What you missed in Columbus for March 8

The city appeared in a ‘60 Minutes’ segment on ‘The Unequal Recession’

Andy Downing
Columbus Alive
A still from "60 Minutes"

Over the weekend, “60 Minutes” aired a segment filmed in Columbus and centered on the unbalanced recession created by COVID-19. 

The report detailed how the low-income job market has been decimated by bar and restaurant closures and drops in attendant business, while mid-level and upper-income workers have largely returned to work. Combined with a social safety net ravaged by the coronavirus, this development has created even greater economic inequality in a city and country where the divide is already staggering. 

One of the on-air profiles focused on Columbus resident Courtney Yoder, who was living in a tent and working a restaurant job to save for housing when the pandemic hit. “I had stacked up three checks. I was actually trying,” she said. “And then all of that gets taken from me.”

For the segment, the news program also interviewed the likes of Mid-Ohio Food Bank CEO Matt Habash, Ohio Guard Major General John Harris, Star House CEO Ann Bischoff and retired Columbus firefighter and homeless advocate Steve Roth. Roth offers the reporter a look at a South Side homeless encampment and talks about the services the city’s homeless have been forced to go without, including soup kitchens and places like libraries, which are sources of warmth amid the winter cold, both of which have been closed by COVID-19.

The segment paints a bleak but necessary picture, noting that the Congressional Budget Office said that low-wage jobs are unlikely to recover until 2024, making legislation like the COVID-19 relief package, which is expected to pass the House on Tuesday, essential to struggling workers like Yoder, who recently moved into an apartment with help from a charity.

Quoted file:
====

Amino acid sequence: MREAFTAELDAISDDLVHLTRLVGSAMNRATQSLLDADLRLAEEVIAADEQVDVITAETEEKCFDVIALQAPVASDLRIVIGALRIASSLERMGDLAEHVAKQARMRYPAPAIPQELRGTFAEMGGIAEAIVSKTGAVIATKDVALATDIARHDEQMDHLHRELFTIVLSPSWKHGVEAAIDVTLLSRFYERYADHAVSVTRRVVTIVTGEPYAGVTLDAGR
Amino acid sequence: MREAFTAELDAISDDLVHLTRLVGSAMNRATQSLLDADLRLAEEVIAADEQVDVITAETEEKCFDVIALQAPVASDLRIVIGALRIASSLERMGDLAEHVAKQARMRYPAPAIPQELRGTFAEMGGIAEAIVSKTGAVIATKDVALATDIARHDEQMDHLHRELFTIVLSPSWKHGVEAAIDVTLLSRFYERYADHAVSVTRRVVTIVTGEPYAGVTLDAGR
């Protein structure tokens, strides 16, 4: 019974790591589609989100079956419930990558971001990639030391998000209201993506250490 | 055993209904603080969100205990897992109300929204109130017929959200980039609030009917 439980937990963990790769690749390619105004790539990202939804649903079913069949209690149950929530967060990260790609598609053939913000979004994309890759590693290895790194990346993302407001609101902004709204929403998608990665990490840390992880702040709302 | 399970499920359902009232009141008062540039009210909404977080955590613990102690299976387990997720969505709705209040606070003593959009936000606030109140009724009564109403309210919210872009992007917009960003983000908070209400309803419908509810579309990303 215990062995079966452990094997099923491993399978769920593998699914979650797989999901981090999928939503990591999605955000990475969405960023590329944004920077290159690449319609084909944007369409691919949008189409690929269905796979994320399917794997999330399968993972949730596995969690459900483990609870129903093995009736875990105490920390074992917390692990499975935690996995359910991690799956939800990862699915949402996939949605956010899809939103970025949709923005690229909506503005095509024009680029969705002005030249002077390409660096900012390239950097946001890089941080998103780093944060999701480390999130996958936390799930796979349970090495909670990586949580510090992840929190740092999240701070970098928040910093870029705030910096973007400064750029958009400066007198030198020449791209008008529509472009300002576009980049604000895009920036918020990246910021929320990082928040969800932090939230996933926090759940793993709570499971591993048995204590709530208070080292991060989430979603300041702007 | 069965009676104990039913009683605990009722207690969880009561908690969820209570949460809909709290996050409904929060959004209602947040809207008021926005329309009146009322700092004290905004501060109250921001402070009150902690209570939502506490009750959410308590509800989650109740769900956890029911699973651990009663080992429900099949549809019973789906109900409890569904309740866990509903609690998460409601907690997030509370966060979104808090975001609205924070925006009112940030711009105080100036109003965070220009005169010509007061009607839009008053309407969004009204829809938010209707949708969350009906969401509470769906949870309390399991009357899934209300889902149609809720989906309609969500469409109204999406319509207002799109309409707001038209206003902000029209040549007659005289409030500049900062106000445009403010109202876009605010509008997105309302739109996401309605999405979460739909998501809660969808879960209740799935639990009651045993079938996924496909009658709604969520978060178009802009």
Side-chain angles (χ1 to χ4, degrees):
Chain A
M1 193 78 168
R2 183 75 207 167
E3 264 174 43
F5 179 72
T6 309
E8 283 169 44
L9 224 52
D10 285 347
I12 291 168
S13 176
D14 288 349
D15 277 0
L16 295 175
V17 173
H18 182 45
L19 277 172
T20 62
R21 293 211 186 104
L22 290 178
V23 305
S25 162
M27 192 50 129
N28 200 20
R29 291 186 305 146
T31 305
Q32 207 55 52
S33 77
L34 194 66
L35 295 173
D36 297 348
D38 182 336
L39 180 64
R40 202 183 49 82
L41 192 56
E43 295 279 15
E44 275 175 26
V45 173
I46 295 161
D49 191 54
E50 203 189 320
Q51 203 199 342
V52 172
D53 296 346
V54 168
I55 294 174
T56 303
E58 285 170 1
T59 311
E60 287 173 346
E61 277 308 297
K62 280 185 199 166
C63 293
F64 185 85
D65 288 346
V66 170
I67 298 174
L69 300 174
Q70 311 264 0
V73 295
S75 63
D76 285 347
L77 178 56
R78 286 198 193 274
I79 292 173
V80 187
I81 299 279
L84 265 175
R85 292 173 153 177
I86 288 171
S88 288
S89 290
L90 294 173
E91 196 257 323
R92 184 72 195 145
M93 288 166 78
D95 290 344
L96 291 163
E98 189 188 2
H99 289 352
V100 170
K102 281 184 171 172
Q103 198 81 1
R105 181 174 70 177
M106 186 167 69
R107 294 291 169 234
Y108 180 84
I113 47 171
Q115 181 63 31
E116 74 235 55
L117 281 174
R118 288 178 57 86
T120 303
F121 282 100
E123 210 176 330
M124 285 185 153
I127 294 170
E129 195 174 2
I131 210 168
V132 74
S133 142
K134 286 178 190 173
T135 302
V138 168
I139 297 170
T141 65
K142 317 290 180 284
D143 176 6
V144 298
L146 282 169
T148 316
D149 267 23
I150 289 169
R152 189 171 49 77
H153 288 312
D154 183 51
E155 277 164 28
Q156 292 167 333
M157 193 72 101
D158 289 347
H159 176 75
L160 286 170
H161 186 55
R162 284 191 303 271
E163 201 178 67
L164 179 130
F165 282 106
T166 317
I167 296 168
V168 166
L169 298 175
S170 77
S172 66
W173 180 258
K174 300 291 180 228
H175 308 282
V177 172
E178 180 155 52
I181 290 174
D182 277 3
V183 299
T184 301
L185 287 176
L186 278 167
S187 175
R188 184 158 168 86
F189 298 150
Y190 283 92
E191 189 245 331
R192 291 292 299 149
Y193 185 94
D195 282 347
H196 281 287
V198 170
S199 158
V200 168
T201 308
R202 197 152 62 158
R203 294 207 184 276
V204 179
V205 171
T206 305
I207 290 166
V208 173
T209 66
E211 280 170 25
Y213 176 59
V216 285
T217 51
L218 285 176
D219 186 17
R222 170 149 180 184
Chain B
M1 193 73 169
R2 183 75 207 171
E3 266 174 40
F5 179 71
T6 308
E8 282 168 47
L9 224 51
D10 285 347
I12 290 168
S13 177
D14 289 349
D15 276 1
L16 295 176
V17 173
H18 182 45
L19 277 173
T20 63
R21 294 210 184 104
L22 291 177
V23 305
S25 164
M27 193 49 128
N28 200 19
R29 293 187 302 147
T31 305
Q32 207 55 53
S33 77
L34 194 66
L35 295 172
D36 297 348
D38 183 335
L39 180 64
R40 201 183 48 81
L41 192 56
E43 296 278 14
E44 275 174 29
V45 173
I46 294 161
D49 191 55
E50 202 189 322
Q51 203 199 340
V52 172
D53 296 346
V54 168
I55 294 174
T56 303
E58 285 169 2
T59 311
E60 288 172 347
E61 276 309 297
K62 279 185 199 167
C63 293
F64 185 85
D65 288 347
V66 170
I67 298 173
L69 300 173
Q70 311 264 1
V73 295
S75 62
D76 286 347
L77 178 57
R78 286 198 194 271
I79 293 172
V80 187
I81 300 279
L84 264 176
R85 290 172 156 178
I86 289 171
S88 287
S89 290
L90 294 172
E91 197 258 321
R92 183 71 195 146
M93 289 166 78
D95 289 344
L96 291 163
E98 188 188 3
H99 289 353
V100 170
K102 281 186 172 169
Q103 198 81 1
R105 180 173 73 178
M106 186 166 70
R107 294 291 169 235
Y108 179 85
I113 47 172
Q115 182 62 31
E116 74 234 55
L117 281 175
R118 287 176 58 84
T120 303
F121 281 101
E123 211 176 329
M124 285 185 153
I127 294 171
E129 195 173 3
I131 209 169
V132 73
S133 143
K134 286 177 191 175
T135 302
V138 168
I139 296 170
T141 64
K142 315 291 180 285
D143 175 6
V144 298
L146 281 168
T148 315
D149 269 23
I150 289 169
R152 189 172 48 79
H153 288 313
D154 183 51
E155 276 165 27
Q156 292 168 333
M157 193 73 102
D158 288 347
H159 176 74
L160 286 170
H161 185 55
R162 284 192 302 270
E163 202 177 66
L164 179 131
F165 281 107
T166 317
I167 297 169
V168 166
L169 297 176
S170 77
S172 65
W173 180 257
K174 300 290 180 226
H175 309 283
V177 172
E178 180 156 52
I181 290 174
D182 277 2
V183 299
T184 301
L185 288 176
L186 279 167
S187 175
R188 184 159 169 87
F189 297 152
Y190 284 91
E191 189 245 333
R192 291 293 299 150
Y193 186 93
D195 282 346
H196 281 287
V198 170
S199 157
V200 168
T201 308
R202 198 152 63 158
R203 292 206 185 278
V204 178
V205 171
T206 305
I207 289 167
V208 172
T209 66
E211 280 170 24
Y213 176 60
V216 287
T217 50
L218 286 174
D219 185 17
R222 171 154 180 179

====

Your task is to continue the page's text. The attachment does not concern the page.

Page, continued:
“I’m still fighting,” Yoder says near the end of the segment, speaking for many in Columbus and throughout the country who have been left in similarly dire circumstances.

Watch the report in its entirety here


According to a preliminary report on the Jan. 6 insurrection at the U.S. Capitol produced by the research team at the Program on Extremism at George Washington University, Franklin County, Ohio ranked among the top three counties in the U.S. for highest number of people charged per county. The report documents charges brought against alleged participants in more than 180 counties. You can read the report in full here.


Meghan Markle and Prince Harry conducted a primetime interview with Oprah on Sunday, during which the couple detailed allegations of racism against the Royal Family, including one member who expressed concerns over how dark the complexion of the couple’s first child, son Archie, might be. For those interested, Rolling Stone has a solid recap of the interview highlights here.